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Province greenlights $60-million plan to stop 'enormous, naturally occurring landslide' near Lillooet

Affected section of Highway 99 has been single-lane and traffic controlled for past two years
Slip and Slide In 2016, the Ministry of Transportation shut down the stretch of Highway 99 that runs through the Ten Mile Slide for eight days after the slide picked up speed, damaging the highway. photo submitted

The province is set to undertake a major construction project to stabilize a massive, active landslide that has impacted a treacherous section of Highway 99 for decades.

Known as the Ten Mile Slide, the landslide area bisects the highway (as well as a Canadian National Railway line) approximately 17 kilometres northeast of Lillooet.

"This is an enormous, naturally occurring landslide," explained project manager Scotty McKenzie.

"It's approximately 200 metres wide by 300 metres long, and contains more than 1 million cubic metres of material."

For the past two years, the affected section of highway has been reduced to single-lane traffic, with motorists navigating a narrow gravel road with no barrier.

And as any motorist can tell you, the views below—of the sprawling Fraser Canyon—can be unnerving.

"It's not two lanes because we've lost so much of the road over the past few years," said McKenzie.

According to the Ministry of Transportation and Infrastructure, the province typically invests between $240,000 and $2.3 million annually to maintain the highway through the Ten Mile Slide area.

"One of our most recent major events was in fall 2016, when there was so much movement that the Ministry had to close the highway for a period of approximately eight days," said McKenzie. "During that closure, we saw movement rates at the slide peak at approximately an inch an hour."

McKenzie said that while the chances of a catastrophic landslide wiping out the highway are "relatively low," the impacts to the road are "substantial"—and it's time to act.

"The amount of money we invest annually to keep that section maintained is humongous," he added.

The main stabilization contract has been awarded to Flatiron Constructors Canada. The work is slated for completion in spring 2021.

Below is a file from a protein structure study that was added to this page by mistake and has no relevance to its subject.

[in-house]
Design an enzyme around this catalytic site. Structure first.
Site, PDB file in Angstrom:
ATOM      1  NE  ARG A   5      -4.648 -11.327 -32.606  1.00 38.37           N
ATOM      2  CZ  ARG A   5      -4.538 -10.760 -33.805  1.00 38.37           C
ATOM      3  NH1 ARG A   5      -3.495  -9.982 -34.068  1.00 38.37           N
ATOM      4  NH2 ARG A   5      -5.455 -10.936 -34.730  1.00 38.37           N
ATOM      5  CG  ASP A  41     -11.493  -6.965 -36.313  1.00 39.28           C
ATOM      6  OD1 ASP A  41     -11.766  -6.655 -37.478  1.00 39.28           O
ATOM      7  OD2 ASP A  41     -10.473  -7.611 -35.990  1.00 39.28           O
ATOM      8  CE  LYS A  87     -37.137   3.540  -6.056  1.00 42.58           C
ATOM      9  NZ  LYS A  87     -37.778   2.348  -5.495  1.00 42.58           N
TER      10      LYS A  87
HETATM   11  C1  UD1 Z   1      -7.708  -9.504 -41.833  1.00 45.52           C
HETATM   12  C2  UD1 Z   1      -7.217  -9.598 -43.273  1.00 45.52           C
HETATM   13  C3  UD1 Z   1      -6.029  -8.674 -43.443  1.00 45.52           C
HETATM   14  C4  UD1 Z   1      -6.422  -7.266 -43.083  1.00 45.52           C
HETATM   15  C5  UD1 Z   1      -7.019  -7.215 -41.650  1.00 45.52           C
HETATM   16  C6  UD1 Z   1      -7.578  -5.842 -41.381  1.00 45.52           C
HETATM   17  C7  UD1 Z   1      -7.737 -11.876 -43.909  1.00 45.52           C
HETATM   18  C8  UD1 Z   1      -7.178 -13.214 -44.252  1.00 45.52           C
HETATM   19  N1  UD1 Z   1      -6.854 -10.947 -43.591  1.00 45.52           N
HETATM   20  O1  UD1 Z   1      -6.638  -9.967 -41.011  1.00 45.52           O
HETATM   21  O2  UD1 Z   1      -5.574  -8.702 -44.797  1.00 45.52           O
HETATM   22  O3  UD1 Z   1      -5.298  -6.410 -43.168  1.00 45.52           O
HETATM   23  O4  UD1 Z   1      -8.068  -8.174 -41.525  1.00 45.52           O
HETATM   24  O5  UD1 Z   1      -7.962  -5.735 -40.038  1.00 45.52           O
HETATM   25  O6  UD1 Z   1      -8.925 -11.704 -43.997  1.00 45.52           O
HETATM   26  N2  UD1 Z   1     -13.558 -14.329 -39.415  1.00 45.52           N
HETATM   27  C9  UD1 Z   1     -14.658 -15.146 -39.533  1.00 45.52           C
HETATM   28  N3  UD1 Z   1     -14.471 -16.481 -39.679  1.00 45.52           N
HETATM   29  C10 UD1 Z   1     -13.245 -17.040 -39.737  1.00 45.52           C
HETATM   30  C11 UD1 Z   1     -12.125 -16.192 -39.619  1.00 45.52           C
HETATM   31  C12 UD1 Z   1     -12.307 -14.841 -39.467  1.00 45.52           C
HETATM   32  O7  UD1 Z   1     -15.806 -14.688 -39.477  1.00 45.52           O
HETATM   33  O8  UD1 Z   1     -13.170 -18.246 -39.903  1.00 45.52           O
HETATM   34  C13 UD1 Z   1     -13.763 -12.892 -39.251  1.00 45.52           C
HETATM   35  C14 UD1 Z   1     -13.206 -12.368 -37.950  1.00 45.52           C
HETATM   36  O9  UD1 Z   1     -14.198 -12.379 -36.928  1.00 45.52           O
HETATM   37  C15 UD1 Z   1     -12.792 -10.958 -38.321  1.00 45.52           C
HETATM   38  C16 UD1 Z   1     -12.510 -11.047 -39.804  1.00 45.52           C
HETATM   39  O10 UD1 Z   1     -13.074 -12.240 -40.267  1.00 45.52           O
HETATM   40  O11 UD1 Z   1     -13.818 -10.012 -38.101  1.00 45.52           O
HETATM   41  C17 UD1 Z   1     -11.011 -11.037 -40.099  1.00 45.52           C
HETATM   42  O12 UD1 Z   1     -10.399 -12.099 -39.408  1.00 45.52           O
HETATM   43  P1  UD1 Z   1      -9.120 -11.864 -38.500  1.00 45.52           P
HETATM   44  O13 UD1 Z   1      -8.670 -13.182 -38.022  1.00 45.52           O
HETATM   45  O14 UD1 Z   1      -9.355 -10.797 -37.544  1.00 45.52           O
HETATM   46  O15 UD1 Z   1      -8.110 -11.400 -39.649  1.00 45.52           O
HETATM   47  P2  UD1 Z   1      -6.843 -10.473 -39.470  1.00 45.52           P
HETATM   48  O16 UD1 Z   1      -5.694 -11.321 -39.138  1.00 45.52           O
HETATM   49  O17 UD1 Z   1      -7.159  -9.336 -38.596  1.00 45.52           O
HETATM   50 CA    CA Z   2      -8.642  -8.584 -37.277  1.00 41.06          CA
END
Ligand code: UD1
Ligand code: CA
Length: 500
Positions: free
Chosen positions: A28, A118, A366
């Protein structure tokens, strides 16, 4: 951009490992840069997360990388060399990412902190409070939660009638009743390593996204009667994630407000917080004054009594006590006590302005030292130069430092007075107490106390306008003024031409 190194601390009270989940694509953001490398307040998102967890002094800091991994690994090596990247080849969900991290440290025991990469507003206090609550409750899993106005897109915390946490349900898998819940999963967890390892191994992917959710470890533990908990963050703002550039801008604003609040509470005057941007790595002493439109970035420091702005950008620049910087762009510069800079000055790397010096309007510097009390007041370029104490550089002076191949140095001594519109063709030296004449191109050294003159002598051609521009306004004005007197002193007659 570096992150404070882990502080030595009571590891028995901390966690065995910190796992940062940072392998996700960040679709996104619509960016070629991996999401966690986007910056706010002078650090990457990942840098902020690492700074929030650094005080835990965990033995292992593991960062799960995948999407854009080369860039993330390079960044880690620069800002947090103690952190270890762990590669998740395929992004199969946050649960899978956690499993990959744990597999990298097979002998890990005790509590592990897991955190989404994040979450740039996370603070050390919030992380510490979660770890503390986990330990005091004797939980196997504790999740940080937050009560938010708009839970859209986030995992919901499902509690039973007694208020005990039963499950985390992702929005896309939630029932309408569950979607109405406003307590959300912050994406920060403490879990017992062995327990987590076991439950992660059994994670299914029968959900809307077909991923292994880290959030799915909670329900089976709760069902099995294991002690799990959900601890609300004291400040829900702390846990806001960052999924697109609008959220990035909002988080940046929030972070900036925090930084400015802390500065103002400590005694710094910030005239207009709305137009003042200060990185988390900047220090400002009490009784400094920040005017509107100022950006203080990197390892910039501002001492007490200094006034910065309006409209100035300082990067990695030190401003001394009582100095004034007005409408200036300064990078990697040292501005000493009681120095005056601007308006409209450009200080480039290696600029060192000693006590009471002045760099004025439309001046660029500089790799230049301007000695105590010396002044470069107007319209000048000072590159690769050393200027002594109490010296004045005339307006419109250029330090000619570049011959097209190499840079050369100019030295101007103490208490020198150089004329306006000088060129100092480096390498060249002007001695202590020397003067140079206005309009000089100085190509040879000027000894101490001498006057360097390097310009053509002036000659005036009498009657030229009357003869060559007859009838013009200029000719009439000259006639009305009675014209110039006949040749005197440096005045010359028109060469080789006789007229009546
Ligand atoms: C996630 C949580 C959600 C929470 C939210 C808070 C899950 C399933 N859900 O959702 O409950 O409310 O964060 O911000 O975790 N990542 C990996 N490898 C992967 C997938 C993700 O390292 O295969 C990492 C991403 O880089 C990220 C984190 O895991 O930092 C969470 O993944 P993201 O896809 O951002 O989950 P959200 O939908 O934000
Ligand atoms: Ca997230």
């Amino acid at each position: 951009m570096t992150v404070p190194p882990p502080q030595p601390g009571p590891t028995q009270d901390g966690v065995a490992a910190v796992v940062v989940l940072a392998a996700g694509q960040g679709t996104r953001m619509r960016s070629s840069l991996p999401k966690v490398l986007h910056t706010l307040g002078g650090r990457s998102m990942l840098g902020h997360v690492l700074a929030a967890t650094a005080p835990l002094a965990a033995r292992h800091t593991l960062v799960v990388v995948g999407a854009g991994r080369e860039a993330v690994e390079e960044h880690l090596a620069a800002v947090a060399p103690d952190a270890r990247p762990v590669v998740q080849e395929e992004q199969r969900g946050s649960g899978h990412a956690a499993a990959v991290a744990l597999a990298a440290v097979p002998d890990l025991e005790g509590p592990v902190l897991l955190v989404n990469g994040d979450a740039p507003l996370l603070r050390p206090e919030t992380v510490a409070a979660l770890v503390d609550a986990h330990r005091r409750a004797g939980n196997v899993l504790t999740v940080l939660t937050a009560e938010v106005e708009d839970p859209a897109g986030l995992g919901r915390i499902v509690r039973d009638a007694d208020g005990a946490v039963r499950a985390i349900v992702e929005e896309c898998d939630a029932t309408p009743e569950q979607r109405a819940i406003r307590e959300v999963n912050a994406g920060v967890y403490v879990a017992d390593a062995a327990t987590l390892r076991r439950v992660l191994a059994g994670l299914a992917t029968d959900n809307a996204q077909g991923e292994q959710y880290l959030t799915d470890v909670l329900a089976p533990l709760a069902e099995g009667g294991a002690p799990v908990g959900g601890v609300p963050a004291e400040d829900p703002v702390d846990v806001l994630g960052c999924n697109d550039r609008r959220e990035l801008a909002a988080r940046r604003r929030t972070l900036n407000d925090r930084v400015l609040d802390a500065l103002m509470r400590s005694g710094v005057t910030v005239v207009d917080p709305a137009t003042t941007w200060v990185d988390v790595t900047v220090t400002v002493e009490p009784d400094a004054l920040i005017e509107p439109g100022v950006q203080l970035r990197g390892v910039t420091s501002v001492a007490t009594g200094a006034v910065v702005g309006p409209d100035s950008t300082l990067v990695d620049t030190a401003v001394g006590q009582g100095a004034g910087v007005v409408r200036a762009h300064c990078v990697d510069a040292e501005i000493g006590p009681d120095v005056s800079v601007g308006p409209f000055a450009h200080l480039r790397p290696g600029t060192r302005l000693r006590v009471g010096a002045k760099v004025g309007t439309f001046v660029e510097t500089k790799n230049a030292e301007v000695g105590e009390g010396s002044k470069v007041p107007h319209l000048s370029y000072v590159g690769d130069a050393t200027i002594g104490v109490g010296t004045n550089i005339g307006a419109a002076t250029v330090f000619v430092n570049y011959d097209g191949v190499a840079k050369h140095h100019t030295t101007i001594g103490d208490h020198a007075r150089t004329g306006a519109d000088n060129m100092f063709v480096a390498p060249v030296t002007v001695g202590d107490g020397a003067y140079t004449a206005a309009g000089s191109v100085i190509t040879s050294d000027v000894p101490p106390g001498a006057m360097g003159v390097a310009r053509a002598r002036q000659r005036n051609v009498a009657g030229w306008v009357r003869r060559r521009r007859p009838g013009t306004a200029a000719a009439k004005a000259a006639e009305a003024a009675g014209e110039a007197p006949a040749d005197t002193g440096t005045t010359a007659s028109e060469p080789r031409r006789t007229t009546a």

To secure the area, workers will install about 200 "soil anchors" into the hillsides above the highway. The additional anchors will compliment 44 soil anchors that were installed during Phase 1 of the stabilization project.

The anchors are used to stabilize the slow-moving ground, explained McKenzie.

"We drill and install large steel anchor bars ... into the more stable gravel below," he said, adding that the anchor bars are placed "anywhere between 15 and 35 metres in depth."

The anchor bars are attached, via a cable, to a block that sits on the surface.

When tension is applied, the "unstable earth" is effectively squeezed between the anchor bars and the "more dense gravel below," causing the slide to stabilize, said McKenzie.

The project will also see the reconstruction of the affected section of highway, which sees around 1,600 vehicles per day.

For area locals, Highway 99 is a critical thoroughfare, providing access to the region's main medical facility in Kamloops.

Moreover, the slide is located within the Xaxli'p Fountain Indian Reserve, having an outsized impact on the First Nation's members' ability to travel easily between the reserve and Lillooet.

According to McKenzie, the province is working closely with the Xaxli'p First Nation, and identifying opportunities for them to participate in the construction project.

"We are requiring the contractor to develop an opportunities plan that will provide training and work opportunities­ throughout the duration of construction," he said.

During construction, drivers can expect delays and temporary closures.

Motorists should slow down and use caution when travelling through the work area, according to the release.

Ministry staff will continue to monitor the slide for approximately two years before paving the new section of two-lane highway.